Please use this identifier to cite or link to this item: http://hdl.handle.net/2440/123994
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Type: Journal article
Title: What is the 'good' forensic accountant? A virtue ethics perspective
Author: Howieson, B.
Citation: Pacific Accounting Review, 2018; 30(2):155-167
Publisher: Emerald
Issue Date: 2018
ISSN: 0114-0582
2041-5494
Statement of
Responsibility: 
Bryan Howieson
Abstract: Purpose – The aim of this paper is to explore how virtue ethics might inform our understanding about what constitutes “good” practice in forensic accounting. In particular, the paper explores the concept of phronesis (or practical wisdom) as a basis for guiding the application of professional judgement in forensic accounting practice. Design/methodology/approach – The paper draws on a review of relevant literature. Findings – Prior literature has identified a number of technical and personal characteristics and attributes that are desirable in forensic accounting practitioners. Although being ethical is identified as an important characteristic, the question of what constitutes a “good” forensic accountant has not hitherto been investigated. Because of the profession’s multi-disciplinary and highly technical nature, forensic accountants are significantly at risk of conflating ethics with compliance with the law. The paper suggests that an understanding of virtue ethics and especially the virtue of “phronesis” or practical wisdom will help forensic accountants maintain public confidence and quality in their services and provide practical guidance on the exercise of professional judgement. Practical implications – The paper suggests that the primacy currently given in forensic accounting literature and practice to a commercial logic, technical competencies and legal compliance risks damaging the professional standing of forensic accountants and, over time, reduces the ability of forensic accountants to exercise professional judgement in complex unstructured situations. Virtue ethics can act as a useful counter point to these threats. Social implications – A recognition of the need for the forensic accounting profession to collectively develop phronesis would re-establish the primacy of the profession’s public interest logic and maintain public trust and quality in forensic accounting services. Originality/value – There appears to be no prior literature in forensic accounting which explores the application of virtue ethics in this field. In addition, although virtue ethics has been the subject of some prior papers in accounting per se, the importance of phronesis as a basis for understanding the nature and application of professional judgement has not been addressed.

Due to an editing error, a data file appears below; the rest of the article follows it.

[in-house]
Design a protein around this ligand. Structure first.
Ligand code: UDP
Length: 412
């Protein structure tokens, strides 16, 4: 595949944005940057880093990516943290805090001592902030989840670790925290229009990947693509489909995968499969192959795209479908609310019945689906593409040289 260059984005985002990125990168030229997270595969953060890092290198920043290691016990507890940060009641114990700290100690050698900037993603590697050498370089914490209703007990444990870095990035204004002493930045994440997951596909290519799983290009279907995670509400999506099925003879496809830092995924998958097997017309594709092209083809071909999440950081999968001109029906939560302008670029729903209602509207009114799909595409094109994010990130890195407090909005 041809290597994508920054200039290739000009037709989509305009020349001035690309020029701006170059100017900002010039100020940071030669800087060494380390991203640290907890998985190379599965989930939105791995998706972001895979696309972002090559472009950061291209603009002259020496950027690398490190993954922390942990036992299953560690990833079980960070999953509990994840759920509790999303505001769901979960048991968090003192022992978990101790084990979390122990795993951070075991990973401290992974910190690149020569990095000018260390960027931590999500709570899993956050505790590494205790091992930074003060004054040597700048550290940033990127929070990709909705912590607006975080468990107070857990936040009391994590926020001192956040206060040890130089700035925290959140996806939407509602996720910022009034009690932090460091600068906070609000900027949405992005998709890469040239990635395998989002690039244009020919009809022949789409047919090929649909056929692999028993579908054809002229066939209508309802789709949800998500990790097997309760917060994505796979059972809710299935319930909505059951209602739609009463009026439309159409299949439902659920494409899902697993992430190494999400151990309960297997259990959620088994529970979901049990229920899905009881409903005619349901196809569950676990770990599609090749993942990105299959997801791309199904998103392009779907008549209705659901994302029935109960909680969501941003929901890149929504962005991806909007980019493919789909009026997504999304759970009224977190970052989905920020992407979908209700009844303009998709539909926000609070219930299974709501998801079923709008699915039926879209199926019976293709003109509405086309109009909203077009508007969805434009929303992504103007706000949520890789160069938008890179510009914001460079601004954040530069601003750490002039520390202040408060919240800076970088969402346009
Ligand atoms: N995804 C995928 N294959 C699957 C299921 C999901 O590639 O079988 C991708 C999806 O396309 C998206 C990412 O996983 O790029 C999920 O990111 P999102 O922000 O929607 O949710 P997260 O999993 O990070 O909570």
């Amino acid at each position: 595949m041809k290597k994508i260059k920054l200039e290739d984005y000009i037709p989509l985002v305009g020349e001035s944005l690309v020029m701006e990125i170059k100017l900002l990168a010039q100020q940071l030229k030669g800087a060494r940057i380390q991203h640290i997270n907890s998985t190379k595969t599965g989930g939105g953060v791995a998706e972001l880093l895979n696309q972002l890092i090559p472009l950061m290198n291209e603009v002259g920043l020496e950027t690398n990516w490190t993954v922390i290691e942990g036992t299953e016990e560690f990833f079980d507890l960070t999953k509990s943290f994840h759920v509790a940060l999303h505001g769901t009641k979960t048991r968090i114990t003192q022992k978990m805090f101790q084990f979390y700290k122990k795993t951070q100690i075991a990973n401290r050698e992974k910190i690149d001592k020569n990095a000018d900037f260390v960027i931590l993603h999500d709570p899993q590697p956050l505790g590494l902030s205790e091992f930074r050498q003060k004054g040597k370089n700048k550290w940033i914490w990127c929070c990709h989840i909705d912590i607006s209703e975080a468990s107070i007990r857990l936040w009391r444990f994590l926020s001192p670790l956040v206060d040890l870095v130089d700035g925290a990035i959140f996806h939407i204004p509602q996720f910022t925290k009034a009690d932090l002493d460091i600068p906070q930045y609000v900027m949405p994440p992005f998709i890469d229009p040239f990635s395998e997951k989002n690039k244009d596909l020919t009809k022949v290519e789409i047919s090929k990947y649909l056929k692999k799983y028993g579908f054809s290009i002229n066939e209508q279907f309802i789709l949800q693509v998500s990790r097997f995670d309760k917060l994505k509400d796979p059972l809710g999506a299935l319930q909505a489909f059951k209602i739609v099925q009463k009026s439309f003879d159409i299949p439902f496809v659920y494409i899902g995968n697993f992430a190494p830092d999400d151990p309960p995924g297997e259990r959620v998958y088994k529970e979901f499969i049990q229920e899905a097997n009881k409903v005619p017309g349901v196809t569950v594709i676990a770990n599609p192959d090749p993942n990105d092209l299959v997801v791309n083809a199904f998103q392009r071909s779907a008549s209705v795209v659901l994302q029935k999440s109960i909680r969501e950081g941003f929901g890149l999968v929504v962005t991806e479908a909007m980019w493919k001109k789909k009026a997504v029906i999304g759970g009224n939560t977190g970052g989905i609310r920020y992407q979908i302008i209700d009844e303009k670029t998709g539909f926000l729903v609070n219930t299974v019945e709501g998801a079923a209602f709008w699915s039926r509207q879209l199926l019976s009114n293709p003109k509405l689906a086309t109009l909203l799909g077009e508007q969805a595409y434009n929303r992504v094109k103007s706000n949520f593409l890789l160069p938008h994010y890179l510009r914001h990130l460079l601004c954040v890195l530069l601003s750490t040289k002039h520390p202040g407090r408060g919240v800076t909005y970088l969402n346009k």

Keywords: Virtue ethics; Forensic accounting; Phronesis; Professional judgement
Rights: © Emerald Publishing Limited
RMID: 0030086295
DOI: 10.1108/PAR-01-2017-0005
Appears in Collections:Business School publications

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